He further testified that they had not seen each other for three or four months prior to the date in question, and to the question, "Are you now engaged to be married to a lady here in Laredo?" the man testified, "Yes sir, I have my sweetheart and intend to marry her."
It is evident that the Department and the United States attorney are proceeding upon the theory that illicit intercourse is a crime involving moral turpitude, whereas the laws of Texas do not denounce such an act as a crime, but denounce adultery, which is defined as "the living together and carnal intercourse with each other, or habitual intercourse with each other without living together, of a man and a woman when either is lawfully married to some other person."
It is hornbook law that not only was occasional sexual commerce not a crime at common law, but adultery itself was not a crime. It was only in ecclesiatical courts that such offense was cognizable. 1 R. C. L. 633. "Adultery was not, however, regarded as an indictable offense, but as a private wrong, and for the injury sustained the husband had his right of action for damages."
It is equally hornbook law that we have no common-law crimes, and that nothing is an offense except as denounced by statute, and that under the statutes of Texas mere sexual commerce does not constitute adultery. The act of intimacy must be either "while living together" or habitual.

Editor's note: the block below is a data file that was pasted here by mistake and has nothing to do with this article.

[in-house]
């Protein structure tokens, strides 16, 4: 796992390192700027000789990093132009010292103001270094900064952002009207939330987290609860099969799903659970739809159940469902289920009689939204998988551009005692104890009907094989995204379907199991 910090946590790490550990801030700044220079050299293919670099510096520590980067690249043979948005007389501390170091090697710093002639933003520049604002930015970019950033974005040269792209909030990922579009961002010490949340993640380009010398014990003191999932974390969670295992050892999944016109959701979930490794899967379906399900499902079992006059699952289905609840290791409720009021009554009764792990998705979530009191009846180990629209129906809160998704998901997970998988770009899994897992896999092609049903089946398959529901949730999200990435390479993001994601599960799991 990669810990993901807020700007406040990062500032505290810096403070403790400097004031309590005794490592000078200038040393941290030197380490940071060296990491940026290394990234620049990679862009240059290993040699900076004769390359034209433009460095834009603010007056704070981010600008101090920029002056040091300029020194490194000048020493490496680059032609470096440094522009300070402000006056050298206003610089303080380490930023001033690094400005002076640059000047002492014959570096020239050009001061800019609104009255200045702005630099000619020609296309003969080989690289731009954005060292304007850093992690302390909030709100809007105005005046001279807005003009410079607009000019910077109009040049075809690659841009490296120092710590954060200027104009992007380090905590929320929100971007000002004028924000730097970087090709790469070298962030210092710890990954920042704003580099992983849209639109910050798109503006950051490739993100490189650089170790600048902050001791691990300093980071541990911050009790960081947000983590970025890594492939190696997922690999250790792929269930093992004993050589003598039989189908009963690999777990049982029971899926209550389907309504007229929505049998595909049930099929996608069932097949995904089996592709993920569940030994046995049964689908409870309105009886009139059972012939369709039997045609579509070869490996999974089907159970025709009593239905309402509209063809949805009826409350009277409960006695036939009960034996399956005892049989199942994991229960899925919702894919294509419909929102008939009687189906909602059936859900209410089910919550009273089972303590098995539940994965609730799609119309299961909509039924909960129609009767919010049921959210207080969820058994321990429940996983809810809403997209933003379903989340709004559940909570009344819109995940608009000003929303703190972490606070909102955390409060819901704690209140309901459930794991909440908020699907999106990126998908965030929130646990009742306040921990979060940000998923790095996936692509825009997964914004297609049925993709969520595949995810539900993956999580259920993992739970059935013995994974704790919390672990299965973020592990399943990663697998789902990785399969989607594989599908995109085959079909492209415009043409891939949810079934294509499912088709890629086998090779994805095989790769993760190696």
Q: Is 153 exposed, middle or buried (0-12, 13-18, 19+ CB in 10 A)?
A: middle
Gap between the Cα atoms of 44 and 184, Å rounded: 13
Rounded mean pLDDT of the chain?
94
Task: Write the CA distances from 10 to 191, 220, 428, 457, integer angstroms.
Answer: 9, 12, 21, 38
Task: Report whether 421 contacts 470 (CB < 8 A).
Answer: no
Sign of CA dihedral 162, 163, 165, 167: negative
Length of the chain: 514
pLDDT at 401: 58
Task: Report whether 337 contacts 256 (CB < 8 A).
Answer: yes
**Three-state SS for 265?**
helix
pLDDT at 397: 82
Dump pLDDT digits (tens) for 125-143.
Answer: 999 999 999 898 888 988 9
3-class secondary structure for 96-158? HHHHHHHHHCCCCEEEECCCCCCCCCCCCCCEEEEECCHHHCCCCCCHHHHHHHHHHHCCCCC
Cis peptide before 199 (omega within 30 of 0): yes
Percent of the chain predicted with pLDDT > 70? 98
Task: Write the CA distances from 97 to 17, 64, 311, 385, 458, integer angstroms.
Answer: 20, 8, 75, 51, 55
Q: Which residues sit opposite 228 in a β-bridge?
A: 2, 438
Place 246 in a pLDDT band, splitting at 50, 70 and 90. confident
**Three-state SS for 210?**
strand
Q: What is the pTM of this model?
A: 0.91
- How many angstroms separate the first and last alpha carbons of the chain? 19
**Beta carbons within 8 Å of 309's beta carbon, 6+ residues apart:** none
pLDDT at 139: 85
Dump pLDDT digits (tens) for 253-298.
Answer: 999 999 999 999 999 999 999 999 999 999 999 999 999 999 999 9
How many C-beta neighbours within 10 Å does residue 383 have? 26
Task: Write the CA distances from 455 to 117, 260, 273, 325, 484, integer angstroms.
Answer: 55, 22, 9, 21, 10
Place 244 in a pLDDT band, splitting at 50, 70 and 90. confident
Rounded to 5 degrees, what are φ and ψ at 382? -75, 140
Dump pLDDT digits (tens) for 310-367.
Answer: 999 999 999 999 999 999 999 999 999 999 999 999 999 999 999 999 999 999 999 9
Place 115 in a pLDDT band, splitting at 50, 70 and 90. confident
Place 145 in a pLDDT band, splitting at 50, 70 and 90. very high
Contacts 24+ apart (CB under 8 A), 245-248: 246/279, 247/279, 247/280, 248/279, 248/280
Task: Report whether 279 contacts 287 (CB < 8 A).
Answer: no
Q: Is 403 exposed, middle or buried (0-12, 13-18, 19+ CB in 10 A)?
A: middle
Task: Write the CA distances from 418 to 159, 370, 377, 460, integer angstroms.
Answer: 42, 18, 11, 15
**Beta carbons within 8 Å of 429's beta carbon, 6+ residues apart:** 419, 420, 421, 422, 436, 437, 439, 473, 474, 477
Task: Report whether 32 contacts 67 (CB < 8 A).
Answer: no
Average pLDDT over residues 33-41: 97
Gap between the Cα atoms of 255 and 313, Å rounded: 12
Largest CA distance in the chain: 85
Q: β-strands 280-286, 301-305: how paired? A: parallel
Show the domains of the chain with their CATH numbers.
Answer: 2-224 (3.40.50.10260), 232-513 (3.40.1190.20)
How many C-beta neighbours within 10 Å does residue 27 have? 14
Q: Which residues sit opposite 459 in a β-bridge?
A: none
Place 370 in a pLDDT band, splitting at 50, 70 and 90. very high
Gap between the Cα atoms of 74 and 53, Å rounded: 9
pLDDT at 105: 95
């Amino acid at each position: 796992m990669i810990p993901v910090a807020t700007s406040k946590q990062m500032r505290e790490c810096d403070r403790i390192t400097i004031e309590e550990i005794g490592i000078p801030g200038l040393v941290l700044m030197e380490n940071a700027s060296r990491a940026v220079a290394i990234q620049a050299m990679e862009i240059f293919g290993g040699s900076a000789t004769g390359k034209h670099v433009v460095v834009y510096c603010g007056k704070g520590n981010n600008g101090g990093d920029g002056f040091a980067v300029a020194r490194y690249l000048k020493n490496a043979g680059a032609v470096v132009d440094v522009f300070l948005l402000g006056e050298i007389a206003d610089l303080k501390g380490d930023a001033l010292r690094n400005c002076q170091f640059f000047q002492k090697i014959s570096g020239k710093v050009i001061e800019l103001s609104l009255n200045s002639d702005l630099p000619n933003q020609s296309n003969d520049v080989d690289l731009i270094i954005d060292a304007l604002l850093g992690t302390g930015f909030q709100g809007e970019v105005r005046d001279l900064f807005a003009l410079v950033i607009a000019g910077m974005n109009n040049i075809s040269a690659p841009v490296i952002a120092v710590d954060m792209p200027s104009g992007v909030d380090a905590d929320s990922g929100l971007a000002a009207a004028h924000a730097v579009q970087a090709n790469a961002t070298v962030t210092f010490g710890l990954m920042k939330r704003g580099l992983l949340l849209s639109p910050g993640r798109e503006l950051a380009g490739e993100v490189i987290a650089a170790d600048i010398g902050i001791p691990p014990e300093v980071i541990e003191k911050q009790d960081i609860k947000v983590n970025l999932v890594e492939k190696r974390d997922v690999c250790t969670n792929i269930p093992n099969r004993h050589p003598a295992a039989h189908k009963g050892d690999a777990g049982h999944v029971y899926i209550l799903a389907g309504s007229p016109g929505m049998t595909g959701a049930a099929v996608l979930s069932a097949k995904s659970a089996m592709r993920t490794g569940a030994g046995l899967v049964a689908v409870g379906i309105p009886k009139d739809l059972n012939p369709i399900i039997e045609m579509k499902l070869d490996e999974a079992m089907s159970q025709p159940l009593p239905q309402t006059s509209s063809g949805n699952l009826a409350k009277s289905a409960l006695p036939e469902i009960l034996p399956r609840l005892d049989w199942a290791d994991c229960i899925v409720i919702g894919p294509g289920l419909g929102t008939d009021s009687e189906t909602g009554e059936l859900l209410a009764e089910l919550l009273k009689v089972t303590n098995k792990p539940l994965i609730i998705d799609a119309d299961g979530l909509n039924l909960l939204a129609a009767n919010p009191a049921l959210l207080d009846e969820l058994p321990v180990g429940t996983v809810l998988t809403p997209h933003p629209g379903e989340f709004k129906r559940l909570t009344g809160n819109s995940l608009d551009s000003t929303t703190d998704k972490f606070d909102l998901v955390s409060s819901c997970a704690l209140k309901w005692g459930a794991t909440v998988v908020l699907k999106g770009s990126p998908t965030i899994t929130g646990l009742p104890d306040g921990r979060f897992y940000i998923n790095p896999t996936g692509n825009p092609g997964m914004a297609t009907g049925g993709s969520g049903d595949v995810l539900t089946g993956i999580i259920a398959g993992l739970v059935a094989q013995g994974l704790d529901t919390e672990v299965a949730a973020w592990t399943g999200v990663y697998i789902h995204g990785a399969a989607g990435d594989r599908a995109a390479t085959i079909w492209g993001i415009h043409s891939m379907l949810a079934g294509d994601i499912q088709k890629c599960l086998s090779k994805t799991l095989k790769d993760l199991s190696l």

While, in view of the fact that the defendant has not been convicted, and has not admitted the commission of the offense, it is not necessary to determine whether he could as a matter of law be convicted, since his deportation in this case must rest, not upon *825 whether he has committed, but whether he has admitted the commission, it is not amiss to say that it is quite doubtful whether the defendant could, as a matter of law, be convicted of adultery upon the testimony in the case.
In Hilton v. State, 41 Tex. Cr. R. 190, 53 S.W. 113, the court reversed a conviction for adultery on the ground that the evidence was insufficient as a matter of law, saying: "The statute requires, where the parties do not live together, that the proof must show habitual intercourse, and not merely occasional acts. While the conduct of appellant, as shown by this record, was exceedingly reprehensible, still, the acts being occasional and not habitual, we do not believe the proof is sufficient to sustain the conviction."
In Hafley v. State, 88 Tex. Cr. R. 51, 224 S.W. 1099, the court again reversed for insufficient evidence, saying: "It seems to be the well-settled rule that proofs of occasional acts of carnal intercourse is not sufficient to show habitual intercourse."
That case cites many cases, Collins v. State, 46 Tex. Cr. R. 550, 80 S.W. 372; Wallace v. State, 63 Tex. Cr. R. 612, 141 S.W. 95, and others, all reviewing the evidence of numbers of acts, and all reversing conviction upon the insufficiency of the evidence as a matter of law, with the declaration that it is not the number of acts which is the criterion, but the habitual character of those acts. That it is not the occurrence, but the habit of the occurrence, which constitutes the offense.
In the light of these principles, it is evident not only that the warrant as it now stands is defective, but that the record would not support an amendment.
The writ will therefore be granted, and the applicant will be discharged.